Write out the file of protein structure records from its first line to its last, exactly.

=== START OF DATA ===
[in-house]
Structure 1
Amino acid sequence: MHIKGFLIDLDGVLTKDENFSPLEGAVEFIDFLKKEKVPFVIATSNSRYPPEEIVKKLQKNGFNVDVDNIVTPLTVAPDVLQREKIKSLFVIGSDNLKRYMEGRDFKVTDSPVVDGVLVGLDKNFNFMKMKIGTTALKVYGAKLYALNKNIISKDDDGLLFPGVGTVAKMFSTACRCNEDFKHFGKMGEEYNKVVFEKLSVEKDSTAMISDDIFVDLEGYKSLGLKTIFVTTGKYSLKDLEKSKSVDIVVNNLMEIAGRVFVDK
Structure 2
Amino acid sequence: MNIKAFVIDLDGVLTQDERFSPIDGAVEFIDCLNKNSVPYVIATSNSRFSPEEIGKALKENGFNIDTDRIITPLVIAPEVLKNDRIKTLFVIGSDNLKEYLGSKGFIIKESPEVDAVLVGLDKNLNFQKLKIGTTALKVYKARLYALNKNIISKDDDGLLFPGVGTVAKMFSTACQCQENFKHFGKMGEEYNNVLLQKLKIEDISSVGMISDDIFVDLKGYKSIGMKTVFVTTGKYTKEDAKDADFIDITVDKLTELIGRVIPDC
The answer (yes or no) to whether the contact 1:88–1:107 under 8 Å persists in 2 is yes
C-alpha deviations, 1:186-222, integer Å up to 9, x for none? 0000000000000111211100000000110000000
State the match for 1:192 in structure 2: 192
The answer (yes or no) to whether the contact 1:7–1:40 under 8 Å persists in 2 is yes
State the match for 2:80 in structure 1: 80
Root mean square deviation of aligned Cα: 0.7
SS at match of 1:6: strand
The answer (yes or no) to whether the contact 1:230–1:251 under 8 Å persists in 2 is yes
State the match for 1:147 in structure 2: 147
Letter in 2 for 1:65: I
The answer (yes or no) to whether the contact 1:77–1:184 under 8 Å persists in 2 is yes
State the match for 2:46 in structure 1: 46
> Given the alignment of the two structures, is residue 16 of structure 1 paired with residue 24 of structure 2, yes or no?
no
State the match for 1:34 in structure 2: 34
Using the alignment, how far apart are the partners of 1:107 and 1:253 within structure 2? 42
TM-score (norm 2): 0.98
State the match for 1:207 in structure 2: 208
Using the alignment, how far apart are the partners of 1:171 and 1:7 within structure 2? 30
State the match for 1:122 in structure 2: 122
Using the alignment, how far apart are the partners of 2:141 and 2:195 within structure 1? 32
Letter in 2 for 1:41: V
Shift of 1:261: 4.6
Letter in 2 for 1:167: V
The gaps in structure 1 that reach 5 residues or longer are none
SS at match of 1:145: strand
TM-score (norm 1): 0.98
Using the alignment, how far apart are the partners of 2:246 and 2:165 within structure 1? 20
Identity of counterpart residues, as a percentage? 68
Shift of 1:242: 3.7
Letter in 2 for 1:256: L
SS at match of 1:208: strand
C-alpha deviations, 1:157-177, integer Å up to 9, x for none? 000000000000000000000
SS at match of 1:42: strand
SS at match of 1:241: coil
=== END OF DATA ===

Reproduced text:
[in-house]
Structure 1
Amino acid sequence: MHIKGFLIDLDGVLTKDENFSPLEGAVEFIDFLKKEKVPFVIATSNSRYPPEEIVKKLQKNGFNVDVDNIVTPLTVAPDVLQREKIKSLFVIGSDNLKRYMEGRDFKVTDSPVVDGVLVGLDKNFNFMKMKIGTTALKVYGAKLYALNKNIISKDDDGLLFPGVGTVAKMFSTACRCNEDFKHFGKMGEEYNKVVFEKLSVEKDSTAMISDDIFVDLEGYKSLGLKTIFVTTGKYSLKDLEKSKSVDIVVNNLMEIAGRVFVDK
Structure 2
Amino acid sequence: MNIKAFVIDLDGVLTQDERFSPIDGAVEFIDCLNKNSVPYVIATSNSRFSPEEIGKALKENGFNIDTDRIITPLVIAPEVLKNDRIKTLFVIGSDNLKEYLGSKGFIIKESPEVDAVLVGLDKNLNFQKLKIGTTALKVYKARLYALNKNIISKDDDGLLFPGVGTVAKMFSTACQCQENFKHFGKMGEEYNNVLLQKLKIEDISSVGMISDDIFVDLKGYKSIGMKTVFVTTGKYTKEDAKDADFIDITVDKLTELIGRVIPDC
The answer (yes or no) to whether the contact 1:88–1:107 under 8 Å persists in 2 is yes
C-alpha deviations, 1:186-222, integer Å up to 9, x for none? 0000000000000111211100000000110000000
State the match for 1:192 in structure 2: 192
The answer (yes or no) to whether the contact 1:7–1:40 under 8 Å persists in 2 is yes
State the match for 2:80 in structure 1: 80
Root mean square deviation of aligned Cα: 0.7
SS at match of 1:6: strand
The answer (yes or no) to whether the contact 1:230–1:251 under 8 Å persists in 2 is yes
State the match for 1:147 in structure 2: 147
Letter in 2 for 1:65: I
The answer (yes or no) to whether the contact 1:77–1:184 under 8 Å persists in 2 is yes
State the match for 2:46 in structure 1: 46
> Given the alignment of the two structures, is residue 16 of structure 1 paired with residue 24 of structure 2, yes or no?
no
State the match for 1:34 in structure 2: 34
Using the alignment, how far apart are the partners of 1:107 and 1:253 within structure 2? 42
TM-score (norm 2): 0.98
State the match for 1:207 in structure 2: 208
Using the alignment, how far apart are the partners of 1:171 and 1:7 within structure 2? 30
State the match for 1:122 in structure 2: 122
Using the alignment, how far apart are the partners of 2:141 and 2:195 within structure 1? 32
Letter in 2 for 1:41: V
Shift of 1:261: 4.6
Letter in 2 for 1:167: V
The gaps in structure 1 that reach 5 residues or longer are none
SS at match of 1:145: strand
TM-score (norm 1): 0.98
Using the alignment, how far apart are the partners of 2:246 and 2:165 within structure 1? 20
Identity of counterpart residues, as a percentage? 68
Shift of 1:242: 3.7
Letter in 2 for 1:256: L
SS at match of 1:208: strand
C-alpha deviations, 1:157-177, integer Å up to 9, x for none? 000000000000000000000
SS at match of 1:42: strand
SS at match of 1:241: coil